he infused the breath of life into other living beings also ;“thou takest away their breath, they die. ... thou sendest forth thy spirit, they are created;" whence we learn that every living thing receives animation from one and the same source of life and breath ; inasmuch as when God takes back to himself that spirit or breath of life, they cease to exist. Eccles. iii. 19. “they have all one breath.” Nor has the word spirit any other meaning in the sacred writings, but that breath of life which we inspire, or the vital, or sensitive, or rational faculty, or some action or affection belonging to those faculties.

Man having been created after this manner, it is said, as a. consequence, that man became a living soul whence it may be inferred (unless we had rather take the heathen writers for our teachers respecting the nature of the soul) that man is a living being, intrinsically and properly one and individual, not compound or separable, not, according to the common opinion, made up and framed of two distinct and different natures, as of soul and body,—but that the whole man is soul, and the soul man, that is to say, a body, or substance individual, animated, sensitive, and rational ; and that the breath of life was neither a part of the divine essence, nor the soul itself, but as it were an inspiration of some divine virtue fitted for the exercise of life and reason, and infused into the organic body; for man himself, the whole man, when finally created, is called in express terms a living soul. Hence the word used in Genesis to signify soul, is interpreted by the apostle, 1 Cor. xv. 45. "animal.” • Again, all the attributes of the body arę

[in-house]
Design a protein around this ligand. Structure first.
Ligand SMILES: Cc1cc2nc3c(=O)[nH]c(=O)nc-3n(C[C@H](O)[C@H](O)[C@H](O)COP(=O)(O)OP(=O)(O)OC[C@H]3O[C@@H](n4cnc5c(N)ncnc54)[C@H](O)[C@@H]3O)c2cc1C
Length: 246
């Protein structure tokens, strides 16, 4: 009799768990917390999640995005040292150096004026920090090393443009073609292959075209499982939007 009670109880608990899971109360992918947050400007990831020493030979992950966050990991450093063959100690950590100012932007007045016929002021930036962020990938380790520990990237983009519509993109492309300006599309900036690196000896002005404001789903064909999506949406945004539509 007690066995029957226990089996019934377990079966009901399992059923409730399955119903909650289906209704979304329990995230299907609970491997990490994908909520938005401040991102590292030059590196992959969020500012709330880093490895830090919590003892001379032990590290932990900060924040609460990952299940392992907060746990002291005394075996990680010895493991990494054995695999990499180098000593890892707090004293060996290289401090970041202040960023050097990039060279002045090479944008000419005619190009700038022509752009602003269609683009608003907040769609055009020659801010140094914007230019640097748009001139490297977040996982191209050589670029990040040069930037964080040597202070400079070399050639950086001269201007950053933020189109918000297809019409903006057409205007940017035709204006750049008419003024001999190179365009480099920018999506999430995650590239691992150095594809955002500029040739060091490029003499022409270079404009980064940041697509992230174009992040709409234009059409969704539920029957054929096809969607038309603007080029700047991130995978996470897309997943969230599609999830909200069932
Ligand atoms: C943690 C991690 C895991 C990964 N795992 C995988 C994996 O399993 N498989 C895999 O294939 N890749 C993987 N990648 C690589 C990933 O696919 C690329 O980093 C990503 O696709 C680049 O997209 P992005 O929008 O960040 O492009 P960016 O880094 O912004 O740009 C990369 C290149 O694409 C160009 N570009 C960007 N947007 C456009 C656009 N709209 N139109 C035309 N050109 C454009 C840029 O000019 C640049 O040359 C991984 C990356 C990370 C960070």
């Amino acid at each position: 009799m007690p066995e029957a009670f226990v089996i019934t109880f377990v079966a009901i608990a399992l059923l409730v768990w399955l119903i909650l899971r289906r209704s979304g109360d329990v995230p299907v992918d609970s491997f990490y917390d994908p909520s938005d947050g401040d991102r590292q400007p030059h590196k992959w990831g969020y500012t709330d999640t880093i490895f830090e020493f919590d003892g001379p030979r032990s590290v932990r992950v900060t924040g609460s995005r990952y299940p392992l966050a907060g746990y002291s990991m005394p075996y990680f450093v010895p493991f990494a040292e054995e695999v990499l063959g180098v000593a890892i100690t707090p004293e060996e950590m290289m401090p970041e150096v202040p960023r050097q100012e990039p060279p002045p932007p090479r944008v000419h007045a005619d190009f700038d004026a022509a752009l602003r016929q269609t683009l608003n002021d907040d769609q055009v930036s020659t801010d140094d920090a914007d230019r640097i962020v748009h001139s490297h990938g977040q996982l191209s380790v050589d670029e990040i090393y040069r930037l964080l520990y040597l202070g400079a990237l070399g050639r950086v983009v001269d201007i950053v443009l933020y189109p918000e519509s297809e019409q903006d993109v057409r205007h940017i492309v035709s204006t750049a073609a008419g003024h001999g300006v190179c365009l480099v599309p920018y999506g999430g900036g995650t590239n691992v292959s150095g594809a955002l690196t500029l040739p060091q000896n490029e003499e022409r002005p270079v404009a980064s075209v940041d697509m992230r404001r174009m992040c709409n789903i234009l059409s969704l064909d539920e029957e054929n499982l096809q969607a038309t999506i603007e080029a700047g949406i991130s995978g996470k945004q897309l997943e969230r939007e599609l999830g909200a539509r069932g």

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He form'd thee, Adam, thee, O man,
Dust of the ground, and in thy nostrils breath'd
The breath of life ; in his own image he
Created thee, in the image of God
Express, and thou becam’st a living soul.

Paradise Lost, VII. 523. 6 See Beza's version in loc. • Factus est prior homo Adamus animal virens,'

when God said, Let the earth bring forth soul living in her kind. VII. 450. in which passage the original reading, even in the copies corrected by Milton, was fowl instead of soul. Dr. Newton agrees with Bentley, Pearce, and Richardson, in preferring soul, and gives the following reason: We have observed before, that when Milton makes the Divine Person

as cold

23.

assigned in common to the soul: the touch, Lev. v. 2, &c. “if a soul touch any unclean thing,”—the act of eating, vii. 18. “the soul that eateth of it shall bear his iniquity;" v. 20. “ the soul that eateth of the flesh,” and in other places : hunger, Prov. xiii. 25. xxvii. 7.—thirst, xxv. 25. * waters to a thirsty soul.” Isai. xxix. 8.—capture, 1 Sam. xxiv. 11. “ thou huntest my soul to take it.” Psal. vii, 5. “let the enemy persecute my soul, and take it."